The only exception to this,is Olympic target-shooters,but they are not exempt from the rest of the population,because they too must suffer these intensive checks,by the police,too.

    From my explanation of their bizarre gun-laws,you are totally 'on-target',except that rifle ownership is allowed,by it is more or less non-existant,over there.I won't be visiting that country,if I want to break some clays.Shame really,but thats their illogical society,for you-much like over here,too.
     
  20. McCall911

    McCall911 Senior Member

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    I was very proud of and happy with the Browning (Miroku) Model 71 that I used to own.
     
  21. fireflyfather

    fireflyfather Member

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    Sterling: Actually, it is VERY logical. Japan has one of the highest population densities in the world, especially when you realize that 90% of their people live on 10% of their land. The cities are uber crowded, and so are the suburbs. Hell, I lived in a little mountain village, and if I did much shooting there, sooner or later I would hit something I didn't want to if I wasn't completely paranoid about my backstop (WAY beyond the four rules). They have also had historically low violent crime post-war. There are a lot of other reasons as well, but just because their system is different, restrictive, and draconian doesn't mean that it isn't logical. They have a different set of cultural assumptions, a different situation on the ground, and a very different religion (buddhists tend to be true pacifists a LOT more often than christians).

    They also have a centuries long tradition of forbiding the common person from owning weapons. They also had a rather draconian set of laws handed to them at the end of big mistake #2 by a guy named Macarthur. Their gun culture works for them, though a lot of people LOVE guns there (check out all the gun mags and hyper-realistic airsoft stuff available in stores in even the most rural areas).

    There's plenty of things in Japanese culture (or any other) that are illogical. Their gun laws are not, though I don't happen to like them myself.
     
  22. sterling180

    sterling180 Member

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    Okay fireflyfather,you seem to have a good point on this and when I called the Japanese firearm laws 'illogical',I meant it in a similar context,to how it is in the UK,nowdays.Obviously it is a different culture over there,but Im glad that Tanaka and others make realistic replicas of pistols in airsoft and in cap-firing live-action versions.The live-action versions are better than blankfirers,on stage and also because they have the same real stampings as the live guns,do.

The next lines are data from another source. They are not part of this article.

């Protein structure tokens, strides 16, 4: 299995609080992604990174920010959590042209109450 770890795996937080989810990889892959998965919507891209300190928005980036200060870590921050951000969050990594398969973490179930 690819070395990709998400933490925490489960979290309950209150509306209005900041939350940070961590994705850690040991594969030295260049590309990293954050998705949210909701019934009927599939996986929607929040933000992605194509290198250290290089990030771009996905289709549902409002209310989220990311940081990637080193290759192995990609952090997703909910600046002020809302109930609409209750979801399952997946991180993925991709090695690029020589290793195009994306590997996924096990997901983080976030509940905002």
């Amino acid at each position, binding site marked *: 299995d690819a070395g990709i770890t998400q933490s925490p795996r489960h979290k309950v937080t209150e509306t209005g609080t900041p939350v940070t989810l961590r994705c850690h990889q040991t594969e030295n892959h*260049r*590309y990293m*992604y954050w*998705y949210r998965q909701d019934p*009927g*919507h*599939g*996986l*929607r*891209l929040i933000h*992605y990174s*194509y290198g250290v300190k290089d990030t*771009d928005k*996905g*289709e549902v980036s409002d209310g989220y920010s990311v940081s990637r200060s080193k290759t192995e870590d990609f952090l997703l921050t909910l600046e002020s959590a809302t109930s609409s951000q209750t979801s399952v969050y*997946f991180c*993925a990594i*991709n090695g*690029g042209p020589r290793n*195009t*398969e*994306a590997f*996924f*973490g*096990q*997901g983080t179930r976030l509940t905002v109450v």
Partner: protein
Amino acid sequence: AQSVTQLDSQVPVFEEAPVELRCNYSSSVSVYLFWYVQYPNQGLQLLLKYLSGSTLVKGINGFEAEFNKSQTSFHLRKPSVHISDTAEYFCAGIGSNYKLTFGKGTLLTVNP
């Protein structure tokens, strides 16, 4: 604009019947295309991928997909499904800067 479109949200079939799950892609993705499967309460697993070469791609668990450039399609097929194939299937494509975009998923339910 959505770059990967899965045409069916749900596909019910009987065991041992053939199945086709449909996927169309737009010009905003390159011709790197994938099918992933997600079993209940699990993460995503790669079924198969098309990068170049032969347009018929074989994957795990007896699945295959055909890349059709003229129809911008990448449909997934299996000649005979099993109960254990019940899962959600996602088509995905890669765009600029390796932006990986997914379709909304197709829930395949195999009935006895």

23. Carl N. Brown

    Carl N. Brown Senior Member

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    If you watch the Japanese-language version of Gojira (Godzilla),
    when the villagers of Odo Island learn Godzilla is on the other
    side of a hill, they arm themsleves and run up the hill to fight him.
    Their weapons include farm tools, samurai swords, single barrel
    and double barrel shotguns. I doubt that Toho Productions
    would show members of a fishing village armed with firearms in
    1954 if it was uncommon.

    I have heard that about the only place left with big game hunting
    on the Japanese islands was Okinawa and there was a small
    trade in firearms there, but not much elsewhere.

    I have also heard that Japanese tourists go to American gun
    ranges that rent guns and get a kick out of getting to shoot.
    Almost a forbidden fruit syndrome.
     
  24. CWL

    CWL Senior Member

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    After 9/11 gun ranges around here no longer rent guns to foreign passport holders.

    The Japanese still hunt bears, the Asian black bear which is much more aggressive than US version.
     
  25. fireflyfather

    fireflyfather Member

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    Actually, a few months ago I took an Australian friend to the range, and they told us they get lots of Japanese tourists there.

    As for no large game hunting in Japan, I know for a fact that at the very least, in Gunma & Nagano prefectures (central Japan not too far from Tokyo) that they hunt black bear and deer. The school I worked at had two stuffed bears, and another was in the community center a few hundred meters away. My uncle-in-law from Nagano used to go hunting with an American from the embassy, and the dude left him his rifle when he returned to the US.